\begin{equation*} \begin{pmatrix} 1 & 0 \\ 0 & 1 \end{pmatrix}, \begin{pmatrix} -1 & 0 \\ 0 & -1 \end{pmatrix}, \begin{pmatrix} 0 & -1 \\ 1 & 0 \end{pmatrix}, \begin{pmatrix} 0 & 1 \\ -1 & 0 \end{pmatrix}. \end{equation*}

(c)

\begin{equation*} \begin{pmatrix} 1 & 0 \\ 0 & 1 \end{pmatrix}, \begin{pmatrix} 1 & -1 \\ 1 & 0 \end{pmatrix}, \begin{pmatrix} -1 & 1 \\ -1 & 0 \end{pmatrix}, \\ \begin{pmatrix} 0 & 1 \\ -1 & 1 \end{pmatrix}, \begin{pmatrix} 0 & -1 \\ 1 & -1 \end{pmatrix}, \begin{pmatrix} -1 & 0 \\ 0 & -1 \end{pmatrix}. \end{equation*}
###### Exercise10
Hint

(a) $0\text{;}$ (b) $1, -1\text{.}$

###### Exercise11
Hint

1, 2, 3, 4, 6, 8, 12, 24.

###### Exercise15
Hint

(a) $-3 + 3i\text{;}$ (c) $43- 18i\text{;}$ (e) $i$

###### Exercise16
Hint

(a) $\sqrt{3} + i\text{;}$ (c) $-3\text{.}$

###### Exercise17
Hint

(a) $\sqrt{2} \cis( 7 \pi /4)\text{;}$ (c) $2 \sqrt{2} \cis( \pi /4)\text{;}$ (e) $3 \cis(3 \pi/2)\text{.}$

###### Exercise18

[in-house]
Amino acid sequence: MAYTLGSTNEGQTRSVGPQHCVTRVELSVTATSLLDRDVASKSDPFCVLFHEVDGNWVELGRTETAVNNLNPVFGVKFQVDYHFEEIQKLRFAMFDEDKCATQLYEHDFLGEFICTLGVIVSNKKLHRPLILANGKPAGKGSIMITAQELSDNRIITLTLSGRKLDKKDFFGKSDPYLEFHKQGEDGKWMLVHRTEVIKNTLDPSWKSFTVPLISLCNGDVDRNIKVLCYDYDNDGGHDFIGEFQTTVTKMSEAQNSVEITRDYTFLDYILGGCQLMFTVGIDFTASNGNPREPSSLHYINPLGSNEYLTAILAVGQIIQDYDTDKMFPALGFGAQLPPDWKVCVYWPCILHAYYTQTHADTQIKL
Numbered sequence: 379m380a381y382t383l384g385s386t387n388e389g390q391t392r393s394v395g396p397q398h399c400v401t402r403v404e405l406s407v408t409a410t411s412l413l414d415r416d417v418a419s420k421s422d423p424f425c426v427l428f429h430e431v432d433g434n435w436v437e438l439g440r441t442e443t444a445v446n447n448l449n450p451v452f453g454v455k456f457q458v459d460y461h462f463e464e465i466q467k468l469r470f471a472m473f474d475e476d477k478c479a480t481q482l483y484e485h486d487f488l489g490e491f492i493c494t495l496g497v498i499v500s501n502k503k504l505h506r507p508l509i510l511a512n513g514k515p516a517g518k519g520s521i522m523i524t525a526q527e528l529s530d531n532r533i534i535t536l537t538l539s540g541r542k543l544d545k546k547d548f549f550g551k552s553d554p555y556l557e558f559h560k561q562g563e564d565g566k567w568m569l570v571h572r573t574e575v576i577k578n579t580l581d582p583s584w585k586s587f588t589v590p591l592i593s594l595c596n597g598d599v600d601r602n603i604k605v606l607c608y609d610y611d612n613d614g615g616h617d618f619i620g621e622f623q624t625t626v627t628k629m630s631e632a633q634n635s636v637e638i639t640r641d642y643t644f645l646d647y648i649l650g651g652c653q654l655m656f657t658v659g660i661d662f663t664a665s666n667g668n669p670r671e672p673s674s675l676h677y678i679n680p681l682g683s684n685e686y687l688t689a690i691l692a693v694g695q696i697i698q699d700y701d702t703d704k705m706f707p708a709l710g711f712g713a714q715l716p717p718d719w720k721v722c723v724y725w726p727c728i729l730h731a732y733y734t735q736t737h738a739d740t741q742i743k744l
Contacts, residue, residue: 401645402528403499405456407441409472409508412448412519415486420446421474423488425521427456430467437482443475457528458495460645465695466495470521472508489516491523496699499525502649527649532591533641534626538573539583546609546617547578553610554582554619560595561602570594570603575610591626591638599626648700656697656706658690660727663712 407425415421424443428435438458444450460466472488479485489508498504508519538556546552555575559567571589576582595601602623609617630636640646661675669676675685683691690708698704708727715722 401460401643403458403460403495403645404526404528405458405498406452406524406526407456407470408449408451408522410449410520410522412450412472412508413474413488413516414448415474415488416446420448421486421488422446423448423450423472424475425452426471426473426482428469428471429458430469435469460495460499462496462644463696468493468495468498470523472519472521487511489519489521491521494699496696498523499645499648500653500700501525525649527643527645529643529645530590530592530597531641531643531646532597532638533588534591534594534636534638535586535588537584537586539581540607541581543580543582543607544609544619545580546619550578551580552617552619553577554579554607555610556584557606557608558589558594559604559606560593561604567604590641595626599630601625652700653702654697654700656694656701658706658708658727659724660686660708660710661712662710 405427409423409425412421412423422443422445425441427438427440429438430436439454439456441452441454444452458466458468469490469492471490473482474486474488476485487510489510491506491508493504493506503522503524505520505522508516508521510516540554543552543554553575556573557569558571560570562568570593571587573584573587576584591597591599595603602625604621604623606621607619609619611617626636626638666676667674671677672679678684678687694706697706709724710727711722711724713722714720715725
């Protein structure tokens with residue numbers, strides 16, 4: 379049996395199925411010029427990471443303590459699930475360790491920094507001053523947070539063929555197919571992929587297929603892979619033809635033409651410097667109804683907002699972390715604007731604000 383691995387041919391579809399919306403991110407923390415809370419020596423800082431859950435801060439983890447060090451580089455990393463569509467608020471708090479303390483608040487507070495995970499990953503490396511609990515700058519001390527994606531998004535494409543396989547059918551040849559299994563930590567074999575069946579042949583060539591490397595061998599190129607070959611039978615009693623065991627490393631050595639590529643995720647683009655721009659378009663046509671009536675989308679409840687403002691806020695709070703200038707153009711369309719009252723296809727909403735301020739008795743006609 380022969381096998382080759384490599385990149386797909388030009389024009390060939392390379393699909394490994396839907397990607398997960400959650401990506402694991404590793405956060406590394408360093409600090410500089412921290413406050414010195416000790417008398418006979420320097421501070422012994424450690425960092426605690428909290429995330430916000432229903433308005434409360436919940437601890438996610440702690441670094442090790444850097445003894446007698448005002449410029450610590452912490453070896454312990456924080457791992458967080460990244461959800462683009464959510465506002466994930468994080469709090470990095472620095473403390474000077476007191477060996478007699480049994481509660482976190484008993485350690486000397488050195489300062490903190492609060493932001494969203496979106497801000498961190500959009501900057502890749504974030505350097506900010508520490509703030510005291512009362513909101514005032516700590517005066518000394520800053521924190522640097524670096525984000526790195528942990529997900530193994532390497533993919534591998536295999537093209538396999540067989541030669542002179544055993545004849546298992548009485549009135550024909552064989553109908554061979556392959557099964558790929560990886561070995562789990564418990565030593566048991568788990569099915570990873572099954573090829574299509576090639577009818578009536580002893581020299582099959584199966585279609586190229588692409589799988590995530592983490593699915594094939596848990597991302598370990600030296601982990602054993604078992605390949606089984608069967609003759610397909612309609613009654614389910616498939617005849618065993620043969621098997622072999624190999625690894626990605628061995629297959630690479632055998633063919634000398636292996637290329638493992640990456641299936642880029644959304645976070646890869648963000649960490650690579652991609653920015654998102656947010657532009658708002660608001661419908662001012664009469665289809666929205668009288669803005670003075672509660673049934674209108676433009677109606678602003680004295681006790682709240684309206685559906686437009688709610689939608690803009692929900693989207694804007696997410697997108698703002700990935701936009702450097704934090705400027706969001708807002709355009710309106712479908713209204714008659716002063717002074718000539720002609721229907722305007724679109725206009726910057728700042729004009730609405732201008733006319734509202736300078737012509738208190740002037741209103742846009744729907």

Hint

(a) $(1 - i)/2\text{;}$ (c) $16(i - \sqrt{3}\, )\text{;}$ (e) $-1/4\text{.}$

###### Exercise22
Hint

(a) 292; (c) 1523.

###### Exercise27
Hint

$|\langle g \rangle \cap \langle h \rangle| = 1\text{.}$

###### Exercise31
Hint

The identity element in any group has finite order. Let $g, h \in G$ have orders $m$ and $n\text{,}$ respectively. Since $(g^{-1})^m = e$ and $(gh)^{mn} = e\text{,}$ the elements of finite order in $G$ form a subgroup of $G\text{.}$

###### Exercise37
Hint

If $g$ is an element distinct from the identity in $G\text{,}$ $g$ must generate $G\text{;}$ otherwise, $\langle g \rangle$ is a nontrivial proper subgroup of $G\text{.}$

# Exercises5.3Exercises

###### Exercise1
Hint

(a) $(12453)\text{;}$ (c) $(13)(25)\text{.}$

###### Exercise2
Hint

(a) $(135)(24)\text{;}$ (c) $(14)(23)\text{;}$ (e) $(1324)\text{;}$ (g) $(134)(25)\text{;}$ (n) $(17352)\text{.}$

###### Exercise3
Hint

(a) $(16)(15)(13)(14)\text{;}$ (c) $(16)(14)(12)\text{.}$

###### Exercise4
Hint

$(a_1, a_2, \ldots, a_n)^{-1} = (a_1, a_{n}, a_{n-1}, \ldots, a_2)$

###### Exercise5